Raise your hand if getting older is something you look forward to. I’m guessing there are very few hands going up right now. While aging isn’t optional, healthy aging is. But there are several facets to healthy aging, from physical and emotional to social and cognitive. One is not necessarily more important than the other; however, without mental capability, the others simply cannot be. Our cognitive ability dictates how the rest of us will function. The higher our cognitive ability the more we can connect with others, take better care of ourselves, and remain active. Take away our cognitive ability and those areas cease to exist. So, as we continue to age, how do we ensure our brain power is kept strong?
To sustain life, we need to eat. Eating can mean different things to different people, but it essentially boils down to eating smart. Elementary school taught us the food groups – meat, dairy, fruit, vegetables, fish, whole grains – yet how many of us use that information when planning what to eat?
A recent article in USA Today highlighted how dietary patterns offer “the best hope for feeding your brain.” So what does this mean? We have all heard of superfoods, foods like acai berries, spinach, and wheat grass. And while it’s true that they are packed with nutrients that are beneficial to our health, we cannot just rely on one food item to maintain optimal health. It is the entire diet that impacts our health.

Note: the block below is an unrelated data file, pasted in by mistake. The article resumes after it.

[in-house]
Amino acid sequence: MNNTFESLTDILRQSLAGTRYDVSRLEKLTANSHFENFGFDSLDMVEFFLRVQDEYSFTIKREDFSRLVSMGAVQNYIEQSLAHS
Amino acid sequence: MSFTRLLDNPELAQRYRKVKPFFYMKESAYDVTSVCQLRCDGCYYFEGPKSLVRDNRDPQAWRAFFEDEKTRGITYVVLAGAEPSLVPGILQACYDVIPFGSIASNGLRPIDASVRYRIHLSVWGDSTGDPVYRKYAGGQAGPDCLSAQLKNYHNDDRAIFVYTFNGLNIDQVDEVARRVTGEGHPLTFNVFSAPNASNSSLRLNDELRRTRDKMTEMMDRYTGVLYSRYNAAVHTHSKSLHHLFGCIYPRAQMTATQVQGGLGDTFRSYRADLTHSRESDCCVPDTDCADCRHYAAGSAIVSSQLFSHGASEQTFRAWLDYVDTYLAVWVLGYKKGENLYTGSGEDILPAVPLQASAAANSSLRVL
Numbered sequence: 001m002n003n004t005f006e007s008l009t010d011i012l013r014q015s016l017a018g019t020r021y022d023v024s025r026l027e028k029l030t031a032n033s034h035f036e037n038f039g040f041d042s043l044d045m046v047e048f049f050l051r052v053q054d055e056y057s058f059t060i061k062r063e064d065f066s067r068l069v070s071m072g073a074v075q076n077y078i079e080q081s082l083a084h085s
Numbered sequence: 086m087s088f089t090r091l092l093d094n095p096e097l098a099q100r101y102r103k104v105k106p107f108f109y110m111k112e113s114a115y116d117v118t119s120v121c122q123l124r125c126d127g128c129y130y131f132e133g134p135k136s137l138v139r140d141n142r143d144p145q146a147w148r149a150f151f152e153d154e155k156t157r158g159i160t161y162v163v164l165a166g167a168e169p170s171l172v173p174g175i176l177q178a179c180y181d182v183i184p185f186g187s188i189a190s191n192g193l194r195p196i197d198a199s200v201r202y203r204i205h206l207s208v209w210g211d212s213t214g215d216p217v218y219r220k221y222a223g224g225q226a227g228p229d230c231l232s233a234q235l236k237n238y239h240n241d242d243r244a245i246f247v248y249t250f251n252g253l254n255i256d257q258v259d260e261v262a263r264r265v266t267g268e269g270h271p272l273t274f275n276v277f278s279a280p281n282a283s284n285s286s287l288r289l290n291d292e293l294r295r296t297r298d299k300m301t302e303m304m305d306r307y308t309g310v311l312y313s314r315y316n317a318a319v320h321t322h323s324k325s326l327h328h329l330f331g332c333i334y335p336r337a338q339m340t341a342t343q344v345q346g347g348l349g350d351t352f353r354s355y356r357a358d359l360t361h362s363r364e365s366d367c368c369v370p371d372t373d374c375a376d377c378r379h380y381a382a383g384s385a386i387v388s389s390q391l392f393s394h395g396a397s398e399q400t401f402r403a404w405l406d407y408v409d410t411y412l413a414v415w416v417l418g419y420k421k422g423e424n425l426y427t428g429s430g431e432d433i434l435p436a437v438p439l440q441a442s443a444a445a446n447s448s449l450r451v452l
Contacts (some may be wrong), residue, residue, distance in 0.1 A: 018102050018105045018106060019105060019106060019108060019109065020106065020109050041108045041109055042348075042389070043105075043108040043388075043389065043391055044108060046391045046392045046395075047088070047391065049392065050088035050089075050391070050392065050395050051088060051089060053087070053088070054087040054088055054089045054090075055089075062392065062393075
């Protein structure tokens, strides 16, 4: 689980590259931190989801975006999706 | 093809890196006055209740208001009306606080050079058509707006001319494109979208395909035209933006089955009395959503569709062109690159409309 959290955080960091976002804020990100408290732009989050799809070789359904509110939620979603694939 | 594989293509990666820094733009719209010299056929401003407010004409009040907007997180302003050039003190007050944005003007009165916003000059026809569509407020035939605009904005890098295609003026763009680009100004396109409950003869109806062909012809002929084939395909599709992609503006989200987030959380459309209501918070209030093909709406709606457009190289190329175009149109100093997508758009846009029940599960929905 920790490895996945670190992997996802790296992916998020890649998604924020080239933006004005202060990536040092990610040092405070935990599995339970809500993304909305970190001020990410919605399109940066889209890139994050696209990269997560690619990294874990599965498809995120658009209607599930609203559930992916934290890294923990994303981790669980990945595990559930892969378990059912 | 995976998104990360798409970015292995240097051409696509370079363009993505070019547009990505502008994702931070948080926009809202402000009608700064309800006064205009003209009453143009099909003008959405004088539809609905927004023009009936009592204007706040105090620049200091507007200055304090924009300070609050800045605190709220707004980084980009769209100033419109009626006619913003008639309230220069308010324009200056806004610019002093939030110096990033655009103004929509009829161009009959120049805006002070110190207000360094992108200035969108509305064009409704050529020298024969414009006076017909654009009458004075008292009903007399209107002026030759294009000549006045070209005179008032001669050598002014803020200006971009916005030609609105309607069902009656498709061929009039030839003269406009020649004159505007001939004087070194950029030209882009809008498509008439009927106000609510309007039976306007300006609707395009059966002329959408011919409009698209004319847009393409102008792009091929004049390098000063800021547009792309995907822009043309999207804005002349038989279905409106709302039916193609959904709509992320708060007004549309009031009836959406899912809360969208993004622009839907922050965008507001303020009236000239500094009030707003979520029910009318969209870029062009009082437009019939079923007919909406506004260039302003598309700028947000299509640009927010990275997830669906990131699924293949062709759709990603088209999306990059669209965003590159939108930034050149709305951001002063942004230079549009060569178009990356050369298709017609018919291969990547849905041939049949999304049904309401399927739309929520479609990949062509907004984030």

There a several studies suggesting that there are certain diets that help slow cognitive decline. Ironically, these are the same diets that are also good for our hearts. Some of these diets might even help prevent Alzheimer’s disease and they typically contain those superfoods. A few diets the article mentioned were:
- The Mediterranean Diet
- The DASH Diet
- The Mind Diet
Each of these diets contain fruits, vegetables, whole grains, nuts, fish, and lean proteins, plus provide that dietary pattern researchers are most interested in. The belief is that there is a synergistic effect from the nutrients found in whole foods that have a positive impact on brain health. So, the bottom-line is – eat smart and create a dietary pattern that helps to prevent memory loss and other signs of brain aging.
Aging is going to happen whether we like it or not, so why not make it work to your advantage?